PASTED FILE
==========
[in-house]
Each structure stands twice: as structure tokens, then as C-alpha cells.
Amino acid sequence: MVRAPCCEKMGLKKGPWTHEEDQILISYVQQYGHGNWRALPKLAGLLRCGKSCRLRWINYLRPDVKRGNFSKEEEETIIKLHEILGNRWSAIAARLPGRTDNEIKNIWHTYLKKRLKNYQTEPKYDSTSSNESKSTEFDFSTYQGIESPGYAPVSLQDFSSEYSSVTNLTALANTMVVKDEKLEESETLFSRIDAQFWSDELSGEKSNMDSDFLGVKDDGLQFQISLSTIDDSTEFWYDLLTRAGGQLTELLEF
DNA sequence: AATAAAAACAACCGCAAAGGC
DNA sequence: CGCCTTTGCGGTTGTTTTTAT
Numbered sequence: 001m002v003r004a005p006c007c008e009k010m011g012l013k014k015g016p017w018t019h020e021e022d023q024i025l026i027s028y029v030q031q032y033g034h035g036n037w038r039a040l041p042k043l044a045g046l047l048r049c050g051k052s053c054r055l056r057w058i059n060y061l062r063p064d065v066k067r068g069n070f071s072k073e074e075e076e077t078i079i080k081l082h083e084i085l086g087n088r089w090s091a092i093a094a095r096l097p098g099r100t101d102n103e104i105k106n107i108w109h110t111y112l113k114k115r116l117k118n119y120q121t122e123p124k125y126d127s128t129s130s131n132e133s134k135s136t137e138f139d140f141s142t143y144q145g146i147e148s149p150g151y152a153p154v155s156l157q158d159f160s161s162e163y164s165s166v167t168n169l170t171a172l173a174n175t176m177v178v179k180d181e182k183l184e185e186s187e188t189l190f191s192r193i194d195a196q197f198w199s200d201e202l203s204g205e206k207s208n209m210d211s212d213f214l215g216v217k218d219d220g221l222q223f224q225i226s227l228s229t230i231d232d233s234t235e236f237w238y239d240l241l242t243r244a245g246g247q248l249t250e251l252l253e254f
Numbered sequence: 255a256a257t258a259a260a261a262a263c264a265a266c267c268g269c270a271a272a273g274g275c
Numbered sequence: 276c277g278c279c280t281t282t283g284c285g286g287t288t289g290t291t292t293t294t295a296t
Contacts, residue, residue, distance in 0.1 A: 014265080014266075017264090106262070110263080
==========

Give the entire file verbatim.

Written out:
[in-house]
Each structure stands twice: as structure tokens, then as C-alpha cells.
Amino acid sequence: MVRAPCCEKMGLKKGPWTHEEDQILISYVQQYGHGNWRALPKLAGLLRCGKSCRLRWINYLRPDVKRGNFSKEEEETIIKLHEILGNRWSAIAARLPGRTDNEIKNIWHTYLKKRLKNYQTEPKYDSTSSNESKSTEFDFSTYQGIESPGYAPVSLQDFSSEYSSVTNLTALANTMVVKDEKLEESETLFSRIDAQFWSDELSGEKSNMDSDFLGVKDDGLQFQISLSTIDDSTEFWYDLLTRAGGQLTELLEF
DNA sequence: AATAAAAACAACCGCAAAGGC
DNA sequence: CGCCTTTGCGGTTGTTTTTAT
Numbered sequence: 001m002v003r004a005p006c007c008e009k010m011g012l013k014k015g016p017w018t019h020e021e022d023q024i025l026i027s028y029v030q031q032y033g034h035g036n037w038r039a040l041p042k043l044a045g046l047l048r049c050g051k052s053c054r055l056r057w058i059n060y061l062r063p064d065v066k067r068g069n070f071s072k073e074e075e076e077t078i079i080k081l082h083e084i085l086g087n088r089w090s091a092i093a094a095r096l097p098g099r100t101d102n103e104i105k106n107i108w109h110t111y112l113k114k115r116l117k118n119y120q121t122e123p124k125y126d127s128t129s130s131n132e133s134k135s136t137e138f139d140f141s142t143y144q145g146i147e148s149p150g151y152a153p154v155s156l157q158d159f160s161s162e163y164s165s166v167t168n169l170t171a172l173a174n175t176m177v178v179k180d181e182k183l184e185e186s187e188t189l190f191s192r193i194d195a196q197f198w199s200d201e202l203s204g205e206k207s208n209m210d211s212d213f214l215g216v217k218d219d220g221l222q223f224q225i226s227l228s229t230i231d232d233s234t235e236f237w238y239d240l241l242t243r244a245g246g247q248l249t250e251l252l253e254f
Numbered sequence: 255a256a257t258a259a260a261a262a263c264a265a266c267c268g269c270a271a272a273g274g275c
Numbered sequence: 276c277g278c279c280t281t282t283g284c285g286g287t288t289g290t291t292t293t294t295a296t
Contacts, residue, residue, distance in 0.1 A: 014265080014266075017264090106262070110263080